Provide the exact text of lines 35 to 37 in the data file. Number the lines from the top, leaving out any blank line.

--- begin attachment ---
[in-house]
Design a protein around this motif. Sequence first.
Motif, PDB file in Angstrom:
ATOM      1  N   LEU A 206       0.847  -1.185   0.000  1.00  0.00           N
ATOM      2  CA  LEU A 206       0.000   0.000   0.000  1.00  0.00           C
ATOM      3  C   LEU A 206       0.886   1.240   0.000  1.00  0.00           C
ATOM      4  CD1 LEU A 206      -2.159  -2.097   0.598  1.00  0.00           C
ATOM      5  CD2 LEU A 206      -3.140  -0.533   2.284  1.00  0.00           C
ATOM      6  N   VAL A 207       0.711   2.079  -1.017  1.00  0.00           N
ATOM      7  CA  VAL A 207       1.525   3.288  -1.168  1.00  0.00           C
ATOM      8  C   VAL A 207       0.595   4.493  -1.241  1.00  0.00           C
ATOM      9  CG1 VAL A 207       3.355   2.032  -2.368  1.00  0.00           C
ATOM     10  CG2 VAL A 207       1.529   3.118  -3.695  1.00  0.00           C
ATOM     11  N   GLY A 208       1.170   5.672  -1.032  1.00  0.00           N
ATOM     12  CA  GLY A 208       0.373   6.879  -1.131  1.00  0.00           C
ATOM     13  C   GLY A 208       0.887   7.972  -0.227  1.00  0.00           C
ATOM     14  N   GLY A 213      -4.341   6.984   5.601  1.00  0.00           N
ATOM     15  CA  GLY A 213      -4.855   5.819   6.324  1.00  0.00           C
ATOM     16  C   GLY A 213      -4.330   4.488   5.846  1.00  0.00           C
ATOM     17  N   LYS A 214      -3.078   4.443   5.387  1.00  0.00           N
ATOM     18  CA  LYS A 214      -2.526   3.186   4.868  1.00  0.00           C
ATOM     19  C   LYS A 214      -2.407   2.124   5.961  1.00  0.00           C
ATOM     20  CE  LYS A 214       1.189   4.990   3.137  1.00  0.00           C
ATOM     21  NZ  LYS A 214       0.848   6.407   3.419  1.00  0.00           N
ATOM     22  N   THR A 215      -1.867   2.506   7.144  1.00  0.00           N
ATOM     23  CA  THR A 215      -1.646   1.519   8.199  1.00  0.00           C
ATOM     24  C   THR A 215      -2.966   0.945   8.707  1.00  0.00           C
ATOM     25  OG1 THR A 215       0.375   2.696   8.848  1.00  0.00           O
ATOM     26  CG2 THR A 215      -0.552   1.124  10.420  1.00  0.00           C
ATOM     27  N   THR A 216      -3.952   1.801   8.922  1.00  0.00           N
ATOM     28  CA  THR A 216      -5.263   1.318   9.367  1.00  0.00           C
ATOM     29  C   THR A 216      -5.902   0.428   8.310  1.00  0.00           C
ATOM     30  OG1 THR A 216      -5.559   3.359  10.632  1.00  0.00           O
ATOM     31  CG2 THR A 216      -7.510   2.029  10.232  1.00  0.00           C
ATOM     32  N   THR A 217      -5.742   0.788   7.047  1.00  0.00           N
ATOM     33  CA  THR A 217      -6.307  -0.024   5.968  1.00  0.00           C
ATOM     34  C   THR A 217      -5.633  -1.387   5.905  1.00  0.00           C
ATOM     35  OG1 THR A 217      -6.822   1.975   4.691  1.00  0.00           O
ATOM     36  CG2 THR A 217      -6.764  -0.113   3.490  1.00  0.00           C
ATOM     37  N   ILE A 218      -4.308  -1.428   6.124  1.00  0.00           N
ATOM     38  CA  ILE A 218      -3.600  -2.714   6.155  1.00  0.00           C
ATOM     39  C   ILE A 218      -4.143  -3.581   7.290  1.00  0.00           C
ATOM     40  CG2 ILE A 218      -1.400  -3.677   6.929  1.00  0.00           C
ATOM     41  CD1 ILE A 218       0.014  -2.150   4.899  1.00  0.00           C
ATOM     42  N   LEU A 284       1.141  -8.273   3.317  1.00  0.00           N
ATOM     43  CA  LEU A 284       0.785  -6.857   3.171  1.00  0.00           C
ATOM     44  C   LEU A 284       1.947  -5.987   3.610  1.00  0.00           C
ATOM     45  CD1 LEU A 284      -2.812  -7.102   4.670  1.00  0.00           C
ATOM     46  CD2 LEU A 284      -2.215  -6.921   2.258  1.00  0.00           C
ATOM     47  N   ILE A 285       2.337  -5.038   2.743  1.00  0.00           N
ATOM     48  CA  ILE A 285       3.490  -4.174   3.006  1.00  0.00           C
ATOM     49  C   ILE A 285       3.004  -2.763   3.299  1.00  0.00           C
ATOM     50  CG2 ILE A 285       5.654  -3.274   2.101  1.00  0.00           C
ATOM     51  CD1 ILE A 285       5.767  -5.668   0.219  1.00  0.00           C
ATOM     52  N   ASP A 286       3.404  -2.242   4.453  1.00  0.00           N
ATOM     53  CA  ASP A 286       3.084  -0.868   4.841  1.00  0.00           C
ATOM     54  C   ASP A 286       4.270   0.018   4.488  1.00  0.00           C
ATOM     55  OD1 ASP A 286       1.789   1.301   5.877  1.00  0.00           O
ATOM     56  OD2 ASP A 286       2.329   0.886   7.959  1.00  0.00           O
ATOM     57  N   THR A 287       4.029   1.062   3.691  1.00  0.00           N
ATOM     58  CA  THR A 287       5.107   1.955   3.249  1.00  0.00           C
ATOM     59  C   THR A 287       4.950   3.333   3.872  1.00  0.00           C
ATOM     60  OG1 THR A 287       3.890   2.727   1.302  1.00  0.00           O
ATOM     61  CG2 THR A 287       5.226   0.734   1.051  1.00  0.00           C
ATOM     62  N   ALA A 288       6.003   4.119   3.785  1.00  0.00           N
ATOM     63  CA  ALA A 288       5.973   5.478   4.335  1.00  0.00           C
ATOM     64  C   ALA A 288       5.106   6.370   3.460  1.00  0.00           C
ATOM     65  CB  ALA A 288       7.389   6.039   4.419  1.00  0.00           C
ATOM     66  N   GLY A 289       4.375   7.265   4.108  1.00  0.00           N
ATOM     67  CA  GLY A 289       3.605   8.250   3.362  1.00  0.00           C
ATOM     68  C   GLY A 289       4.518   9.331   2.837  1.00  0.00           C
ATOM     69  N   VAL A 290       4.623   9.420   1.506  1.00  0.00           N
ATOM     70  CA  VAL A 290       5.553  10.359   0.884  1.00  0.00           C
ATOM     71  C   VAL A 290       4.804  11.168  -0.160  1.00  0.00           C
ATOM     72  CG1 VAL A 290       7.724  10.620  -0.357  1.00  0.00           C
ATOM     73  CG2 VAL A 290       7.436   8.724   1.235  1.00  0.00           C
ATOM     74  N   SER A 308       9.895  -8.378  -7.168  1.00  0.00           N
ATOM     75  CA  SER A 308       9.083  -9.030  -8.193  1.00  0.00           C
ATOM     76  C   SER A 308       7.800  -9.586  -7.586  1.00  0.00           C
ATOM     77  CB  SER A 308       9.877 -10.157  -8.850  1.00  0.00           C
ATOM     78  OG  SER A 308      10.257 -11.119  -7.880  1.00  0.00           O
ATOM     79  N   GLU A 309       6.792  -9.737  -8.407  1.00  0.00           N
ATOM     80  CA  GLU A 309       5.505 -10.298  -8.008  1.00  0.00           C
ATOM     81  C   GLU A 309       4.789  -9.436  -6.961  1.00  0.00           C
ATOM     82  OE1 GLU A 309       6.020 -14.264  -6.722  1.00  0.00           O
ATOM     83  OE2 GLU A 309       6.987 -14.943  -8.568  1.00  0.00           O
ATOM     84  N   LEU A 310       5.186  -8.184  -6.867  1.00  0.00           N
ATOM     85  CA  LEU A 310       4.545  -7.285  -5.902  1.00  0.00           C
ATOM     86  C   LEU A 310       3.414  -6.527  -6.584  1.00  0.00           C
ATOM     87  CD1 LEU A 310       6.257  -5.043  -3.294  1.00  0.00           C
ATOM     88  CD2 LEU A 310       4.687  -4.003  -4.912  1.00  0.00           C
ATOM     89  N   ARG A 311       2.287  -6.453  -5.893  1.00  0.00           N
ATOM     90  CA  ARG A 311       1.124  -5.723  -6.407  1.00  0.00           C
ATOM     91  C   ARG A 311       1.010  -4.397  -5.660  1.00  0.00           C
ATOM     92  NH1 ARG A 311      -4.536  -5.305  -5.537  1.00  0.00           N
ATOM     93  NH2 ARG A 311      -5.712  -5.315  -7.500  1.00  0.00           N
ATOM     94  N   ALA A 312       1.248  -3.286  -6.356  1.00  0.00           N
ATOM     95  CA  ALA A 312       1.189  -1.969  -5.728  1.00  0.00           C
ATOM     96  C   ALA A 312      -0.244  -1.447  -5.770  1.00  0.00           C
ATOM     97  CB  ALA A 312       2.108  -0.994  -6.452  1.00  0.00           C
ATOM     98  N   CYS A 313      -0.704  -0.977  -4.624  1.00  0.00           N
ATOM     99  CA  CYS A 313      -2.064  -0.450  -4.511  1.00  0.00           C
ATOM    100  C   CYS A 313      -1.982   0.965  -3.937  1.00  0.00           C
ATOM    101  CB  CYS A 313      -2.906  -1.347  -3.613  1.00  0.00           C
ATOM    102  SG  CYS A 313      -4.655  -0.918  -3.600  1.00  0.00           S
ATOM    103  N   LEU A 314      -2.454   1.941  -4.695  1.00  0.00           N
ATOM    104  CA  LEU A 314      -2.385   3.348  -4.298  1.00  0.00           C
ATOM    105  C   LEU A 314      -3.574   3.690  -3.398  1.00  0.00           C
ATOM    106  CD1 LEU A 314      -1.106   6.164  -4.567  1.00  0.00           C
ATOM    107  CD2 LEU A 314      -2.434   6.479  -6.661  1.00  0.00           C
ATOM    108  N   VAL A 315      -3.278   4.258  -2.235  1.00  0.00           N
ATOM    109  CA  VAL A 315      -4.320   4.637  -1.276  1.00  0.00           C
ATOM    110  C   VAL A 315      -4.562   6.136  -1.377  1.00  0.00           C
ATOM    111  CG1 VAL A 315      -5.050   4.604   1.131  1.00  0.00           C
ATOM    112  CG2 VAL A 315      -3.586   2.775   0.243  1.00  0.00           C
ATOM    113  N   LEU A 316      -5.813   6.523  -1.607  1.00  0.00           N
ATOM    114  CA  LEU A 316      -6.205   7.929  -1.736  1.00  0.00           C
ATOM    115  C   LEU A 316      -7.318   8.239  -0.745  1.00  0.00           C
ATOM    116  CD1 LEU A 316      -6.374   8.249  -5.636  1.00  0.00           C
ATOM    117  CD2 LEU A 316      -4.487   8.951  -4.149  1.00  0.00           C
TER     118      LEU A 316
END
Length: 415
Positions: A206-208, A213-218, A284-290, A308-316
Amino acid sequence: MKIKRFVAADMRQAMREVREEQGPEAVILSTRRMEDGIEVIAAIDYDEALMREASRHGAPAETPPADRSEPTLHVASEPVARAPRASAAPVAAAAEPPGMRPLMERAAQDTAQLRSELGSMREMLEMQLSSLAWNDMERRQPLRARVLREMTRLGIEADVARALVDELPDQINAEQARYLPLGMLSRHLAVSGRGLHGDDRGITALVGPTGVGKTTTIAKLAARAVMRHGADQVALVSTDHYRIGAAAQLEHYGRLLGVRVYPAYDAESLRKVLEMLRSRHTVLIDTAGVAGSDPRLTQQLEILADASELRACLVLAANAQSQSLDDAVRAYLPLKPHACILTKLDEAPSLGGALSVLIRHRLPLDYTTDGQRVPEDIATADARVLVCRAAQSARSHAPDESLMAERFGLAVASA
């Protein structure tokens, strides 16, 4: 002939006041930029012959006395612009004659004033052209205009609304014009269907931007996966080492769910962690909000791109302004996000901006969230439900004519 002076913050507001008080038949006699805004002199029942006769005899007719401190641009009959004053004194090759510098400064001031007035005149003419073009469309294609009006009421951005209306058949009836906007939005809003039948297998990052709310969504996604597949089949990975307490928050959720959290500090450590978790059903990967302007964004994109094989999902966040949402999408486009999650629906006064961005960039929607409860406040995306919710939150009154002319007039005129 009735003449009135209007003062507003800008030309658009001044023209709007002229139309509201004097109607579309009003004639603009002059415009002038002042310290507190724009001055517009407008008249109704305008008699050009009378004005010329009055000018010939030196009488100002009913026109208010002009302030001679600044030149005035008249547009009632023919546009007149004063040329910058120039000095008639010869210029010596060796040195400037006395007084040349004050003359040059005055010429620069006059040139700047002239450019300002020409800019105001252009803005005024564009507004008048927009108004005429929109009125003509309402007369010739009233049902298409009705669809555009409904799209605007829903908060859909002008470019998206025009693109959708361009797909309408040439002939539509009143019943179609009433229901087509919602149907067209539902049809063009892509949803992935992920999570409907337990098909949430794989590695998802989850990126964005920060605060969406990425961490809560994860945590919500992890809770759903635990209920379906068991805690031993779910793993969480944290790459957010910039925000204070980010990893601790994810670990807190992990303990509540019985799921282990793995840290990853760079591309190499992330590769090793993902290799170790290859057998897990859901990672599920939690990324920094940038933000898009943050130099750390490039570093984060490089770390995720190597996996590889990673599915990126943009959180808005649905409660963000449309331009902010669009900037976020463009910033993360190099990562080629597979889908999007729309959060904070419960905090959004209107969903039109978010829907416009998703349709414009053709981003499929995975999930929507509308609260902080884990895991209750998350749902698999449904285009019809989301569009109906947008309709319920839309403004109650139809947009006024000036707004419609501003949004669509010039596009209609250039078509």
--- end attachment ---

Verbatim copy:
ATOM     32  N   THR A 217      -5.742   0.788   7.047  1.00  0.00           N
ATOM     33  CA  THR A 217      -6.307  -0.024   5.968  1.00  0.00           C
ATOM     34  C   THR A 217      -5.633  -1.387   5.905  1.00  0.00           C